What popular fashion accessory is hidden in this picture?

a) A fedora or “fez.”

b) Even though my roots trace back to a different place (the New Jersey suburbs, then Allston-Brighton, Mass., then the East Village, then an artistic collective in Fort Greene, then here), my heart beats to the calypso rhythm of the neighborhood that has folded me into its spicy batter with minimal deflation. I believe that among my newcomer peers, I am uniquely capable of seeing and appreciating the beauty inherent in the cultures I am nominally out pricing in the rental market. What newbies don’t realize is that the community that exists here gives back—my neighbors offer a kaleidoscope of color, while I offer locally made condiments, including pesto pickles, sold from a storefront that used to be a car wash. And yes, I do feel safe here. 80-85% of the time.

c) I don’t see anything.

What do you see hidden in this picture?

a) Vriksasana, or “tree pose.”

b) I see my imagining of the POV of a woman of color (WOC) in my predominantly white yoga class, in which I am the occident and she is the orient; in which my tiny rear is the mean and her larger gluteals are the deviation; in which I am the Lululemon and she is the GapBodyFit. In this class, I excel at vinyasa, while she, in my periphery and in the periphery of the classes’ normative view, collapses into child’s pose under the weight of double standards and a high center of gravity. She probably doesn’t know that she is moving to a Chvrches remix. Each of us treads the narrow rubber path society has assigned us; she coveting and resenting the crisp sine and cosine of my trikonasana, and me powerless to ford the eight-inch gulf of floating laminate floorboard to her mat. Even though my asanas are laudable, the yoga class is a fail whale because I am equally privileged at the start as at the end. When I leave, my shakras are shaking.

c) I don’t see anything.

What piece of urban iconography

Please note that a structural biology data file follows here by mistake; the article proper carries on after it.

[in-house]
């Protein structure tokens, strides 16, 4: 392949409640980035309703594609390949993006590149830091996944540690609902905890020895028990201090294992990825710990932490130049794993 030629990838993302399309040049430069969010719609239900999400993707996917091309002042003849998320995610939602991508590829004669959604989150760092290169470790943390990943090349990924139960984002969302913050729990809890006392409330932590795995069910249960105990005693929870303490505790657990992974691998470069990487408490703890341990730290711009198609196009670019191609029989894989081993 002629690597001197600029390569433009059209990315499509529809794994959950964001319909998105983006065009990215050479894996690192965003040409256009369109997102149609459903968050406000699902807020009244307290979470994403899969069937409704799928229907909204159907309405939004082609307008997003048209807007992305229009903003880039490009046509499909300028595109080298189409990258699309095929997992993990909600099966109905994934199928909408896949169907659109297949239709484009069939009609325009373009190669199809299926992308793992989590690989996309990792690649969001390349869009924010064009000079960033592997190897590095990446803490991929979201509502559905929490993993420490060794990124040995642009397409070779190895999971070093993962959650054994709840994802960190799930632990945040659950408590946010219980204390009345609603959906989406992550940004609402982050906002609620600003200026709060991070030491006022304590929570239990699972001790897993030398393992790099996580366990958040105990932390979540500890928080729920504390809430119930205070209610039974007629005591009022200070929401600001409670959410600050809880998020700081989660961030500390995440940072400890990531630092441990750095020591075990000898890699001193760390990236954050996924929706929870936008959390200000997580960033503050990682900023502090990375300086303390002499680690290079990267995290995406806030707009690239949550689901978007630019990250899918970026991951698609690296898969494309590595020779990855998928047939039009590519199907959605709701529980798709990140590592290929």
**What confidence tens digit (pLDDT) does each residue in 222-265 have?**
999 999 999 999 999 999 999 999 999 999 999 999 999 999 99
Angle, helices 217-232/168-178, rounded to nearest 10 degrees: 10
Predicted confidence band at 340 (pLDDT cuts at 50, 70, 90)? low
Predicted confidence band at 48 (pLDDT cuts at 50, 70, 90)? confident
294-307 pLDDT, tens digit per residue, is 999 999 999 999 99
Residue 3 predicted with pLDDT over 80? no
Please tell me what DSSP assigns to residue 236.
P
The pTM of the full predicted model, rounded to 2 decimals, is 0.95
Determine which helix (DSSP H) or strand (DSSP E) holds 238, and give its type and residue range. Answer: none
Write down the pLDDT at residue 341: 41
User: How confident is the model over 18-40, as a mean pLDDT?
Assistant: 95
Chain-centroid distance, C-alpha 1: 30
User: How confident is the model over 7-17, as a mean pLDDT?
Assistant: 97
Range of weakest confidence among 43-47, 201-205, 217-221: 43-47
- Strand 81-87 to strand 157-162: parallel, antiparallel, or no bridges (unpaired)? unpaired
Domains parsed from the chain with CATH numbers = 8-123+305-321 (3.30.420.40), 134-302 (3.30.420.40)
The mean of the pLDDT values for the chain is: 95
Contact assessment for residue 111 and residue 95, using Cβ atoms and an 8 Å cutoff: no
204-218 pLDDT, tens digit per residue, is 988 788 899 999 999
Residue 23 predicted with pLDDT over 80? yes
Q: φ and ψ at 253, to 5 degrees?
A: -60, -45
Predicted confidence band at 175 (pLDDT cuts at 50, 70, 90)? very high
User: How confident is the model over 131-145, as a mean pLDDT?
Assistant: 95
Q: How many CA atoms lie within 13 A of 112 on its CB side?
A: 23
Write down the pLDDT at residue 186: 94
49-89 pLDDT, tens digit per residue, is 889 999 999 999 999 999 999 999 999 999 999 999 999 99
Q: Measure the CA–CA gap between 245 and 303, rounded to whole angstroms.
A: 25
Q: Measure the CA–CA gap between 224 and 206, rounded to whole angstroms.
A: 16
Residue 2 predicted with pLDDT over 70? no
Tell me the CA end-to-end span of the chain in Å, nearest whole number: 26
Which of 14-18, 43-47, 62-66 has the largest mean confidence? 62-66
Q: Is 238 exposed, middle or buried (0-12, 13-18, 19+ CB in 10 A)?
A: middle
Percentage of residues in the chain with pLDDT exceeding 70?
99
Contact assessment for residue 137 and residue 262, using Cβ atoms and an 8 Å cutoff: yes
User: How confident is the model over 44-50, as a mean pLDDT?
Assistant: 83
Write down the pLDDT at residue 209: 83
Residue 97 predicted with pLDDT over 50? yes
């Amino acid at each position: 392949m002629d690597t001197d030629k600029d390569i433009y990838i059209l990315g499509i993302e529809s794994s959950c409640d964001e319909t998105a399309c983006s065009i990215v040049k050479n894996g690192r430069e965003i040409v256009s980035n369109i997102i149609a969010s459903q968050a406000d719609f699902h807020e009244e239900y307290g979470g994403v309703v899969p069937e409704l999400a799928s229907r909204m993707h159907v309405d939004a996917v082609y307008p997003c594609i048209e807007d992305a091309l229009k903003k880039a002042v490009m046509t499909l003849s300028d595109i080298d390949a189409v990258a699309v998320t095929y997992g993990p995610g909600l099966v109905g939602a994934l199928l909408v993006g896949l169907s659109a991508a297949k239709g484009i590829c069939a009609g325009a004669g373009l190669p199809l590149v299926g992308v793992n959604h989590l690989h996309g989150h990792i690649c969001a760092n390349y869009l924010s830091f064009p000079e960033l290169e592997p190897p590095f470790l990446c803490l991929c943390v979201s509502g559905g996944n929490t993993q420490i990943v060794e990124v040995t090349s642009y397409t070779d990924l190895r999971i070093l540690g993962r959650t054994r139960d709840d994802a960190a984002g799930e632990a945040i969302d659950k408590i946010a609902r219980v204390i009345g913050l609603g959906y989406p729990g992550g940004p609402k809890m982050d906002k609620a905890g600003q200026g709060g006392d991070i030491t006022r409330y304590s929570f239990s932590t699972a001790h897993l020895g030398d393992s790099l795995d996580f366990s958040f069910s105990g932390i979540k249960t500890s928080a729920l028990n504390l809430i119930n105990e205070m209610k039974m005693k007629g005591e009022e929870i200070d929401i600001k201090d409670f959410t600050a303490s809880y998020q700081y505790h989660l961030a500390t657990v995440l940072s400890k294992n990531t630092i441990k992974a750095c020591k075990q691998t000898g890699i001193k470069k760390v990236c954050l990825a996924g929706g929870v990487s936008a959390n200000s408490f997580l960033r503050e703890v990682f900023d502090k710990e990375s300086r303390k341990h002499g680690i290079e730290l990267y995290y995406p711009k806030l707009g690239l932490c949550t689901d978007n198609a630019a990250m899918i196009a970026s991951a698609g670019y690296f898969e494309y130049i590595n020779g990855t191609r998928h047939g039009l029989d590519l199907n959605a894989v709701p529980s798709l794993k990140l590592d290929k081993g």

do you see in the below circle?

a) A pair of sneakers dangling on a power line.

b) A pair of retrofitted Converse All-Stars drying on a clothesline after a Tough Mudder (thug life!).

c) A set piece from Rent, which perfectly captured the struggles of artists and poors in Giuliani-era New York, and gave voice to the epidemic of shoelessness in the early ‘90s.

d) Those dots would make sweet wallpaper, done in a velvet flocked print in a cocktail bar.

What is happening in the below scene?

a) A spray can tagging something? Someone is going to get arrested.

b) Someone is using aerosol paint to reclaim the urban environment as a viable art space at the intersection of the private, the communal, and Newtown Creek. The resulting dialogue (a towering squirrel snacks on a square ramen cake) is democratic and unabashedly populist, belonging to the locals, and free for everyone to experience. Arguably, the broad strokes of rodent street art are more important to the critical conversation then the Van Goghs locked up inside MoMA. For one thing, they’re a lot bigger. When a property owner decides to paint over them, they are engaging in censorship. When a property owner decides to demolish them, we as a society find it’s really, really hard to spray paint on the smooth glass planes of a new condo building.

c) Mmm… not sure.

Which piece of cultural heritage is depicted below?

a) My culture takes absolutely no credit for that.

b) An artist engaging with a vivid dance tradition and shaking her booty in an expression of joy, autonomy, and side-vulva, while at the same time offering sexual liberation to those who surround her. I see an entertainer just blurring lines, bringing people together, putting on a great show, while her dad looks the other way.

c) In the periphery, I can see the shucked remains of a manufactured persona. In the foreground, I see a newly manufactured persona.

d) Nup.

What do you see?

a) A symbol of the broken social services, law enforcement and criminal justice systems.

b) A CRONUT!!!!!

c) There is no right answer.